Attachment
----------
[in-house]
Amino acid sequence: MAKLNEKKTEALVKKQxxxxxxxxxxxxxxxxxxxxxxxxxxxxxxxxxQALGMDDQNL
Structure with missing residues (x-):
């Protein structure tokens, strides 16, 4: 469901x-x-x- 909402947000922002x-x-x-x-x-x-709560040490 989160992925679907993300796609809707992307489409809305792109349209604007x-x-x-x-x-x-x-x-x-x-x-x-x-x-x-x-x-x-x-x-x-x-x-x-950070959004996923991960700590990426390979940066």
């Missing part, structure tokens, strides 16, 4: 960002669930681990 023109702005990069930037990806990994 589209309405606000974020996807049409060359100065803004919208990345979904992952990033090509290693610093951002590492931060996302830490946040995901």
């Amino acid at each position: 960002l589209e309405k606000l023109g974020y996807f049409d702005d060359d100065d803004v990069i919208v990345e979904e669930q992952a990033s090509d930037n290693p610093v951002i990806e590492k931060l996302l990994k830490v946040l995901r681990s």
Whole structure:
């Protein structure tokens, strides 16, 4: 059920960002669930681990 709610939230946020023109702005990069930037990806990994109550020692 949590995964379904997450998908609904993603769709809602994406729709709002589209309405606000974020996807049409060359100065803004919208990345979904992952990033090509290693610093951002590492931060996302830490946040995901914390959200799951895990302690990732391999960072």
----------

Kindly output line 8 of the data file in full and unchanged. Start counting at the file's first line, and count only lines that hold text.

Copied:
């Protein structure tokens, strides 16, 4: 059920960002669930681990 709610939230946020023109702005990069930037990806990994109550020692 949590995964379904997450998908609904993603769709809602994406729709709002589209309405606000974020996807049409060359100065803004919208990345979904992952990033090509290693610093951002590492931060996302830490946040995901914390959200799951895990302690990732391999960072």